Someone asked on a previous post on Valencian cava whether the wines mentioned were available in the UK. I had a quick look and drew a blank. This set me thinking. I travel to the UK fairly frequently, and I generally return with a few English wines to give to friends and to keep in reserve to surprise those that still scoff at the notion of wines from Britain. One of the joys of doing this is, of course, that it is not possible – at least as far as I know – to buy English wines in Valencia, or anywhere else much. Even in England, the last time I asked, Oddbins wasn’t offering a single English wine. Apart from the quality of the wine itself, I feel as if I’m handing over something rare and of special interest. I assume there’s no need to go into detail about all the excitement about developments in English wine – if more information is needed, here’s “Raise your glass to the great grapes of Britain” and “Wine lovers of Britain rejoice“. There’s even a brand new vineyard in London at Forty Hall.
Naturally, there is a lot more Spanish wine in the UK than the other way around, but even so, it is often hard to find wines that are outside the mainstream. Such is life, and then the challenge is to track them down. As I wrote in my reply to the comment on Valencian wine, my first port of call is the normally www.wine-searcher.com (free version as yet, rather than the “Pro Version” which I’m saving up for), where you just put in the name of the wine and the country you’re looking for it in, and out comes all sorts of information. For example, Andrew Chapman, the designer of the cover of “Valencia Land of Wine” is someone I’ve worked with a fair bit over the years. For this particular job, he suggested part payment in wine, which I thought showed both discernment and commitment to the project.But how to get Valencian wines to him down in Brighton?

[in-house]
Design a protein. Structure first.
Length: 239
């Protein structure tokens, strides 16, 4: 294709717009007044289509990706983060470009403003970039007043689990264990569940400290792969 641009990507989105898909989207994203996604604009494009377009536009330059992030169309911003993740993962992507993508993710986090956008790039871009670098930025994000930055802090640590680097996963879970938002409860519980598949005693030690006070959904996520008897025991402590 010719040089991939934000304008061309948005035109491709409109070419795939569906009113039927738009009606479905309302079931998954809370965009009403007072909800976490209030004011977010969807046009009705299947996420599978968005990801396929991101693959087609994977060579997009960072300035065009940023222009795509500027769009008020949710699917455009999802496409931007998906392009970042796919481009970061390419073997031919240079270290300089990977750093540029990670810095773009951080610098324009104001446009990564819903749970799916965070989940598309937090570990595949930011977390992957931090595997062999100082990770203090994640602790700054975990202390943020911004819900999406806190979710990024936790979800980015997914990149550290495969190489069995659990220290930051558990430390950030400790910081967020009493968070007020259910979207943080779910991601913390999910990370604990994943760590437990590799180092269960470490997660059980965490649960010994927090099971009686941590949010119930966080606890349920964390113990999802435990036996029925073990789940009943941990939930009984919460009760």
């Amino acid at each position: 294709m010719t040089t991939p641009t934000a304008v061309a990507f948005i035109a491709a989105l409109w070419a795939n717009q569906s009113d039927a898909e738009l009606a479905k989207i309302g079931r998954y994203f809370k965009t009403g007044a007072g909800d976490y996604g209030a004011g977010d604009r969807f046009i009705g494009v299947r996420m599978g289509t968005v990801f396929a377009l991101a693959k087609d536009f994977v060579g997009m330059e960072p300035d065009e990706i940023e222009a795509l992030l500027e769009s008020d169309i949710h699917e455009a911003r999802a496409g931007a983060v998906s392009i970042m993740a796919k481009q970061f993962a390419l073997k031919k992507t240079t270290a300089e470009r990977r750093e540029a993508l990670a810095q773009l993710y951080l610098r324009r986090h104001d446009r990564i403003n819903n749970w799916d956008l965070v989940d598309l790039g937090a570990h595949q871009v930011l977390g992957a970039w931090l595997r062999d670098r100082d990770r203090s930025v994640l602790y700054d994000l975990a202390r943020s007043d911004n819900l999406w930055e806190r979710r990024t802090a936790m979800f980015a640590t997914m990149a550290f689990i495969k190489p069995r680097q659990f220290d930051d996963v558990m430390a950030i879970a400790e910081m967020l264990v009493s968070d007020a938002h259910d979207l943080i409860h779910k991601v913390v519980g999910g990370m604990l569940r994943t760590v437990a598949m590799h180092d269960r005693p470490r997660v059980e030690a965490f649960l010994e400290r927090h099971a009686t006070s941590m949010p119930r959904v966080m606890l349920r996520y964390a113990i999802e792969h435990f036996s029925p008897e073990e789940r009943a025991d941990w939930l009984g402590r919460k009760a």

By great good fortune, wine-searcher.com came up with Cooden Cellars a couple of times when I looked for wines mentioned in the book, and they happened to be very close to Brighton, in Eastbourne just down the road, and even to deliver free there. I promptly made an order comprising three bottles of “Les Alcusses” (DO Valencia, from the southerly Clariano subzone, an intense blend of monastrell, syrah, merlot, cabernet sauvignon and tempranillo – GBP7.13 each in early 2008), the second wine of Pablo Calatayud’s Celler del Roure, whose star wine “Maduresa” was instrumental in convincing smart Valencians to drink their own wines. There followed two bottles from Bodega Mustiguillo “Mestizaje” (50% bobal, plus tempranillo, syrah, cabernet sauvignon and merlot, GBP10.50), another apparently overexuberant blend that just happens to work a treat, and which I’ve mentioned before, and at twice the price their sleeker and more sedate “Finca Terrerazo” (70% bobal, 25% tempranillo, 5% cabernenet sauvignon, GBP21.50). Then a couple of bottles of Rozaleme from Utiel-Requena (70% bobal and 30% tempranillo), not bad going for Eastbourne to have a bobal blend, and a good value at GBP6.50 each) and a bottle of Sequiot (cabernet sauvignon, tempranillo from Vinos de la Viña in DO Valencia, a wine I’ve yet to try. Finally, just to show that I’m not entirely limited to Valencian wines I threw in a bottle of Emilio Lustau’s Don Nuno Dry Oloroso (GBP5.95). Funnily enough, Andrew’s reply mentioned that he’d been a fan of “Les Alcusses” from his own local off-licence for ages, without ever realising before that it was from the Valencia region.
Looking through wine-searcher.com across all countries, it’s good to see that there are plenty of wines from the Valencia DOs out there in the USA, Germany, UK and elsewhere. I’m guessing that it will still be a while before I can order English wines from the comfort of my armchair for my friends outside the UK. I’ll keep trying, though.